Exploring Public Values Implications of the I-Corps ProgramJournal of Technology Transfer (2016)
This paper examines how the concept of public values can be operationalized in an ongoing public initiative to stimulate innovation in an emerging technology. Our study focuses on Innovation Corps (I-Corps)—a program initiated in 2011 by the National Science Foundation (NSF) to accelerate the process of commercializing science-driven discoveries. The I-Corps method has since spread rapidly across multiple US agencies. Separately, there has also been heightened attention to the early anticipation and mitigation of the implications of emerging science and technology. Drawing on the case of nanotechnology, the paper considers how public values related to nanotechnology commercialization can be integrated alongside the fast start-up procedures embedded in I-Corps. We use a public values framework to pose societal impact questions that can be probed in parallel with the current I-Corps process, highlighting values such as identification of societal problems that the technology might potentially address; types of potential customers likely to be overlooked; groups who might oppose the application as well as those who might support it; and potential environmental, health, and safety risks. The paper discusses the challenges of adding specifications related to equity as well as safety in efforts to foster rapid commercialization and considers how these can be integrated within the I-Corps approach.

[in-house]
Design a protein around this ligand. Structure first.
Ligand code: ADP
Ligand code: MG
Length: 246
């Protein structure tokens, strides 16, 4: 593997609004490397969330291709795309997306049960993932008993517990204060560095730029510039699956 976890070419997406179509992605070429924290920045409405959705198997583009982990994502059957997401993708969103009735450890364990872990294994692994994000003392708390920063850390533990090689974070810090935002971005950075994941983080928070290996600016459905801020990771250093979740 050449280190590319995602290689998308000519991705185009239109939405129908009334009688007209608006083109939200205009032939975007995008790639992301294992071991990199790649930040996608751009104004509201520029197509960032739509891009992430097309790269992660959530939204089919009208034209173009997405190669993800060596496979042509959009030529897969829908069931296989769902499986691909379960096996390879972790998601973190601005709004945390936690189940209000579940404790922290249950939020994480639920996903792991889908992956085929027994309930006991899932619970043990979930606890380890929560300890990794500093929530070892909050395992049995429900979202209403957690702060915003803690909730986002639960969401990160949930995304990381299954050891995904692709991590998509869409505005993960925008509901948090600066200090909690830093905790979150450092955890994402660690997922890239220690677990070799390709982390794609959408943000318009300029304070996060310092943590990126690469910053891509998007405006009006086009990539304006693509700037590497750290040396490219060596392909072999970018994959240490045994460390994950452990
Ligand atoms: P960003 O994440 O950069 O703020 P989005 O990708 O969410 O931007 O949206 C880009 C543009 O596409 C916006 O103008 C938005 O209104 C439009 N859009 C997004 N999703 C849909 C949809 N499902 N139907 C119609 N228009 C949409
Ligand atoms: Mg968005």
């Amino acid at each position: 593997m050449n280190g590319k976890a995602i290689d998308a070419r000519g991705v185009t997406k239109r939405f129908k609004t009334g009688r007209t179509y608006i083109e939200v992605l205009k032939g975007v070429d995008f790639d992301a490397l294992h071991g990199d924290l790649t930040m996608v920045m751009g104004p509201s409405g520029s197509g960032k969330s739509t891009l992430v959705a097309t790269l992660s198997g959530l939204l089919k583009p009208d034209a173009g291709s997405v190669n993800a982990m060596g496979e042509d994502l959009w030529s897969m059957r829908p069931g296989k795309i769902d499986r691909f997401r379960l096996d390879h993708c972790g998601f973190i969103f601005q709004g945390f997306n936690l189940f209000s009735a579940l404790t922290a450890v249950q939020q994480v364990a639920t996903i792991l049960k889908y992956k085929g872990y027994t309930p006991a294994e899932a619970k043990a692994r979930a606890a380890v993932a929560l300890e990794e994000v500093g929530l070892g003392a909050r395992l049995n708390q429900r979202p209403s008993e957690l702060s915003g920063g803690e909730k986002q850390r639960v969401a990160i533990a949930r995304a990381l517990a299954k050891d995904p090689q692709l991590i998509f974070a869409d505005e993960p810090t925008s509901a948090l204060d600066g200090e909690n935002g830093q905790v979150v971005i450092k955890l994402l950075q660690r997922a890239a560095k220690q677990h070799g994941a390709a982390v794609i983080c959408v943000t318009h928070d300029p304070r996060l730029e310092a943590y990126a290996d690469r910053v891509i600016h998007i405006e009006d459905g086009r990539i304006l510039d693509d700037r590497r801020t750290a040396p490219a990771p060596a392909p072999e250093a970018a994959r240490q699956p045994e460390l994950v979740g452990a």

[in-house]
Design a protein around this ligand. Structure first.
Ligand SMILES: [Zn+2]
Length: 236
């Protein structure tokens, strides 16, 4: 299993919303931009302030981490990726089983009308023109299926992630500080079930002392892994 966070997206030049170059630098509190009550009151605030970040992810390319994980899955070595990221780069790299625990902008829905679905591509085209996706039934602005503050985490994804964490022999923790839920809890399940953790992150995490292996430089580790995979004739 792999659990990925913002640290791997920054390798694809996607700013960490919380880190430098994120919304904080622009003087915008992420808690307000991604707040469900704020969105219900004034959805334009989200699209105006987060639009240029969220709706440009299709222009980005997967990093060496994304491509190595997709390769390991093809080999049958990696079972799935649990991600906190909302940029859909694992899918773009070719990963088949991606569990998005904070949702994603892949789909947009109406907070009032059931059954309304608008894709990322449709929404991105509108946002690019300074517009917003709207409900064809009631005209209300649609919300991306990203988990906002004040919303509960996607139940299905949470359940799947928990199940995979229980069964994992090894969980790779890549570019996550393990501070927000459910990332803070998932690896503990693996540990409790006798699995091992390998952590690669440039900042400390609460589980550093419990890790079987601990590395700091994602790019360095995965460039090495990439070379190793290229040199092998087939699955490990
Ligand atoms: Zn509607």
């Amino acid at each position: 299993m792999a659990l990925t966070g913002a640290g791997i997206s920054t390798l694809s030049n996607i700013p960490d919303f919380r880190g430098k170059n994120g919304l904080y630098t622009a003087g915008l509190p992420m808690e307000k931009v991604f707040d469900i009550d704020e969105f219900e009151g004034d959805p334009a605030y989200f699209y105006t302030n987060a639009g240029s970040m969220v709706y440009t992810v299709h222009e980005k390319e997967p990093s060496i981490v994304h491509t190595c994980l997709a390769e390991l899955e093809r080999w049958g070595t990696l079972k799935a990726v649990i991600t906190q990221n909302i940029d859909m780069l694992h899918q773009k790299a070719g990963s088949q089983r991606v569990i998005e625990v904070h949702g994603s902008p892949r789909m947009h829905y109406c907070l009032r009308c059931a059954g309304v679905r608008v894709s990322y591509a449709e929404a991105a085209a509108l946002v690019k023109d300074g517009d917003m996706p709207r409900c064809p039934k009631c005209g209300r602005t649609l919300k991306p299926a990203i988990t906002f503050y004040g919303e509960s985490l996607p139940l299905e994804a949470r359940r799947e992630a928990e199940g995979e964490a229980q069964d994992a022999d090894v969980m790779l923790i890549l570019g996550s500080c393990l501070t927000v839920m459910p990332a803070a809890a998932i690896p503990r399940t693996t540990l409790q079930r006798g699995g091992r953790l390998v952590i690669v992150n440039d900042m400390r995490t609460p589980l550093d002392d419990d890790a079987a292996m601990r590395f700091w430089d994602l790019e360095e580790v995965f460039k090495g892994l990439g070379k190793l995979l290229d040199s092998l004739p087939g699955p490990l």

[The author accepted manuscript can be downloaded from the Bepress page. The published paper is at http://dx.doi.org/10.1007/s10961-016-9518-z]
- Public values,
- Societal Implications,
Publication DateNovember, 2016
Citation InformationJan Youtie and Philip Shapira. “Exploring Public Values Implications of the I-Corps Program,” Journal of Technology Transfer, 2016.